Employee had two verbal warnings already but continues with same attitude. found out she's pregnant and is getting worse
No. Below is some info I obtained from a Web Site for you.
Many people think that employers can arbitrarily fire employees who become pregnant, on the grounds that they will either miss too much work or are no longer physically able to do their jobs. In some cases, that’s actually true. However, in others, pregnant women do have legal protection against employment discrimination and unfair termination under both federal law and Florida law.
PREGNANCY DISCRIMINATION ACT
At the federal level, the Pregnancy Discrimination Act (PDA) specifies that your employer can’t discriminate against you in the terms of your employment just because you’re pregnant. For example, if you’re physically able to do your job during your pregnancy, then your employer has to allow you to do so for as long as you are able - even if that’s right up until the moment you head to the hospital. The PDA also requires any pregnancy-related health benefits to be offered to all employees, regardless of their marital status.
However, not all businesses are subject to the requirements of the PDA. The law only applies to companies with 15 or more people - so if you work for a smaller company, you’re not covered by these protections.
FAMILY AND MEDICAL LEAVE ACT
You may be more familiar with the Family and Medical Leave Act (FMLA). The FMLA requires companies with more than 50 employees to grant 12 weeks of unpaid medical leave per year. This leave can be used as maternity leave, as well as for certain other medical conditions.
Just like the PDA, the FMLA has a few strings attached. For one thing, there is that size restriction mentioned above - only companies with 50 or more employees are subject to the law’s provisions. Second, you can only take advantage of it if you’ve been at your place of employment for over a year, and have logged at least 1250 working hours over that time. Third, under the FMLA your employer may require you to use accrued leave as part of your medical leave - so if you’ve been saving up your days for a vacation, you might have to give some or all of those back.
Of course, if your employer does require you to use accrued leave for your maternity leave but doesn’t generally require the same thing of employees who are using the FMLA for other reasons, you may have a valid claim of discrimination under the PDA, and you should consider consulting an expert in employment and labor law.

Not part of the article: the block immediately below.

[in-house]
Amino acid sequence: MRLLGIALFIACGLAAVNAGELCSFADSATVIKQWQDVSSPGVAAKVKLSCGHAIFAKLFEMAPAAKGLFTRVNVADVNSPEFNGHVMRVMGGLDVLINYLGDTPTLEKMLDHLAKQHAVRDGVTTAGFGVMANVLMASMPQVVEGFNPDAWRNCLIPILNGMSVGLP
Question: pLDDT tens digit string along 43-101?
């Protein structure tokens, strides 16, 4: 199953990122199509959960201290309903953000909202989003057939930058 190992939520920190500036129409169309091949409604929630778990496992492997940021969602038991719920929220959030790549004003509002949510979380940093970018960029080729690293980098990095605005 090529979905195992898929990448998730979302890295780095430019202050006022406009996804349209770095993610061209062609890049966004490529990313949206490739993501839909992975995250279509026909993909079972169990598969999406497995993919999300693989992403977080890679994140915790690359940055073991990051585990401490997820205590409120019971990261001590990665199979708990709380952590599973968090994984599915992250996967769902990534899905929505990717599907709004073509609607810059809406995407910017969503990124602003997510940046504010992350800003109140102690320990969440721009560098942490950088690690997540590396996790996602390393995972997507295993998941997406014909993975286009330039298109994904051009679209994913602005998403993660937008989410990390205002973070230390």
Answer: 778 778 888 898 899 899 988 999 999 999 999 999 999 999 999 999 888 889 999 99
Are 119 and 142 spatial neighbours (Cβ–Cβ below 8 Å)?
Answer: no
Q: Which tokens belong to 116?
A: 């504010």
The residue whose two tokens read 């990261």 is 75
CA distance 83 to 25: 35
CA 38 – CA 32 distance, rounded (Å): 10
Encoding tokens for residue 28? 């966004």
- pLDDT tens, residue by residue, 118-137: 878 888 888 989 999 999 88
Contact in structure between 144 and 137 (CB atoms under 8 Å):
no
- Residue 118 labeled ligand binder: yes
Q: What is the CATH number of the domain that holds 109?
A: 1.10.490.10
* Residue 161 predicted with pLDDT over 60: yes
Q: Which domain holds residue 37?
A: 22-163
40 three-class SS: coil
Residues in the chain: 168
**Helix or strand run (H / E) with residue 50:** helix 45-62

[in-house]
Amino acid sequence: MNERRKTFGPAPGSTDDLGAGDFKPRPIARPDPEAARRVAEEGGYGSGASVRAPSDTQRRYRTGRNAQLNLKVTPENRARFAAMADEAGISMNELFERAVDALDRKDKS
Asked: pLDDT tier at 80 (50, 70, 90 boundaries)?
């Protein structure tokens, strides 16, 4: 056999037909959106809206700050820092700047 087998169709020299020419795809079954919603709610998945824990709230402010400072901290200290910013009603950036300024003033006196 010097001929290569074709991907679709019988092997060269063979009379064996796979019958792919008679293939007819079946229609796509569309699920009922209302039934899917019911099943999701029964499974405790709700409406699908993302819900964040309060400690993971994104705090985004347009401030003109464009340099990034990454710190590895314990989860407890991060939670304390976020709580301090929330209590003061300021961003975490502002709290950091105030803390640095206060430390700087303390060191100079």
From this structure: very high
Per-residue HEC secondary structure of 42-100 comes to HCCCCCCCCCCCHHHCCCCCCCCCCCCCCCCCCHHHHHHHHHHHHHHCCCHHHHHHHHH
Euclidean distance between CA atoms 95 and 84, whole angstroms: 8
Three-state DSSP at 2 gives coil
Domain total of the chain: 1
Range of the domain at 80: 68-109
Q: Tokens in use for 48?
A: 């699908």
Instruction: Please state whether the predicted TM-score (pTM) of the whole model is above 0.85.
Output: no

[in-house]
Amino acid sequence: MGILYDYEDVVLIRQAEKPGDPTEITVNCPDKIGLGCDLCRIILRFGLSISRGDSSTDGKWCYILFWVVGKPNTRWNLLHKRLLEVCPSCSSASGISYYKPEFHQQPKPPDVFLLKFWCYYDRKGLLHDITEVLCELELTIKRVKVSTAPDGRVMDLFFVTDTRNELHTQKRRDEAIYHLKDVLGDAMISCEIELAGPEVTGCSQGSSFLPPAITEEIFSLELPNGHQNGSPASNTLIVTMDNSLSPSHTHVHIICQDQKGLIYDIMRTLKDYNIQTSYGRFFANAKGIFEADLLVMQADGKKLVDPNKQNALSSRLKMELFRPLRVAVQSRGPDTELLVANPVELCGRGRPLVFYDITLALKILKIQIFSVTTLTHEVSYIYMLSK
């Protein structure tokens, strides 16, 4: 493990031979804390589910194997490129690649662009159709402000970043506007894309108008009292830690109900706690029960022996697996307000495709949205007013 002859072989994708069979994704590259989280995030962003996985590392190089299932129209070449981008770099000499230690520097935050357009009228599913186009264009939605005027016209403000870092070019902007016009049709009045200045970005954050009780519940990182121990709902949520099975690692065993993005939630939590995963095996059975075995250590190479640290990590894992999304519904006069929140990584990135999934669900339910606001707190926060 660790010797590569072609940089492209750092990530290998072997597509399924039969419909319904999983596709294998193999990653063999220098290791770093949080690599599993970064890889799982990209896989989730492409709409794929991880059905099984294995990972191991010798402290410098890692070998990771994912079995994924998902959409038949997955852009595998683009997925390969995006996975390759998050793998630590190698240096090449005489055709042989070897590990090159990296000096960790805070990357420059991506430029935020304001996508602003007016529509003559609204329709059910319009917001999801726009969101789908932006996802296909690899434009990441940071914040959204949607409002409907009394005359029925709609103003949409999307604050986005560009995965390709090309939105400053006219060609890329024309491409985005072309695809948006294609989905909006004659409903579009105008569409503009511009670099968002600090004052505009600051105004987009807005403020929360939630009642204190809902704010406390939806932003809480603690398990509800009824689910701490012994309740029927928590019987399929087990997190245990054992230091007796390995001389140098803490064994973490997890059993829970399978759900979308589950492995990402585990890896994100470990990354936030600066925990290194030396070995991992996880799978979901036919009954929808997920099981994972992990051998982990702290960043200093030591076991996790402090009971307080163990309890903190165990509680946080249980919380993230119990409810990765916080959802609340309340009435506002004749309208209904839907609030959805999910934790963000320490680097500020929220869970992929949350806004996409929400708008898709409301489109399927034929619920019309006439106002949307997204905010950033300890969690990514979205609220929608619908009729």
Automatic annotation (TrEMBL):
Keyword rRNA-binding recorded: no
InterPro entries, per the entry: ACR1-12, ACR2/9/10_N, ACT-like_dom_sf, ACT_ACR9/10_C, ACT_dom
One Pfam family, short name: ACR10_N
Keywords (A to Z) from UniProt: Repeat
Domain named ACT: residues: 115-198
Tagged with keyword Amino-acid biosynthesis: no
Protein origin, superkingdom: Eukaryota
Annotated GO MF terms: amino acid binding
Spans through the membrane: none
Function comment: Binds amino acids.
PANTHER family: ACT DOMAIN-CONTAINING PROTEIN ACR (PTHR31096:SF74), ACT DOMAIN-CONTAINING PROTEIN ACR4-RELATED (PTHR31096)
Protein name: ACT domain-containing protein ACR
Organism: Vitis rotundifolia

HOW DO I TAKE LEAVE UNDER THE FMLA?
There is a process you will have to follow in order to take maternity leave under the FMLA:
First, be sure to give your employer 30 days written notice before taking leave.
You must provide proof of medical necessity, and a note from your doctor isn’t going to cut it. Ask your doctor what documentation she generally provides in these situations, and ask your employer what sort of documentation they expect. Your employer is entitled to a second or third medical opinion, but you aren’t responsible for paying for those.
Stay in touch with your employer regarding your intention to return to work. If you don’t respond to them when they try to check in with you, that may be grounds for termination.
Sometime during your first two days back at work, inform your employer that you wish to have your maternity leave counted as FMLA leave.
STATE-LEVEL PROTECTIONS FROM PREGNANCY DISCRIMINATION IN FLORIDA
Florida law is a bit weaker than federal law when it comes to pregnancy discrimination.
The Florida Civil Rights Act doesn’t specifically cover pregnancy, but it has been used to address claims of pregnancy-related discrimination over the years. Like the PDA, however, it only applies to organizations with more than 15 employees.
In Florida, there is no state law mandating that any employer provide maternity leave at all. Pregnant women can be fired for missing too much work because of their pre
This is a very complicated matter that needs to be discussed with more detail before any action is taken. I suggest scheduling a consultation with an employment / discrimination attorney before anything is done. - AN.
It would be wise to tread very carefully here. Yes, you can technically fire an employee that is pregnant, but the reason behind the termination must have nothing to do with the pregnancy, or potential time missed. It seems that you list pregnancy as a reason that the employee needs to be fired, so termination is probably not your best course of action.
Florida is an employment at-will state, which generally means that a private employer can terminate an employee for any reason at any time, whether its a good reason, a bad reason, or no reason at all. However, there are local ordinances as well as state and federal statutes which prohibit covered employers from discriminating based upon certain protected protected characteristics--pregnancy being one of them. As a result, to determine what laws apply to your company and have all of the material facts reviewed before taking any employment action in this situation, consulting with an experienced labor & employment attorney is likely in your best interests.
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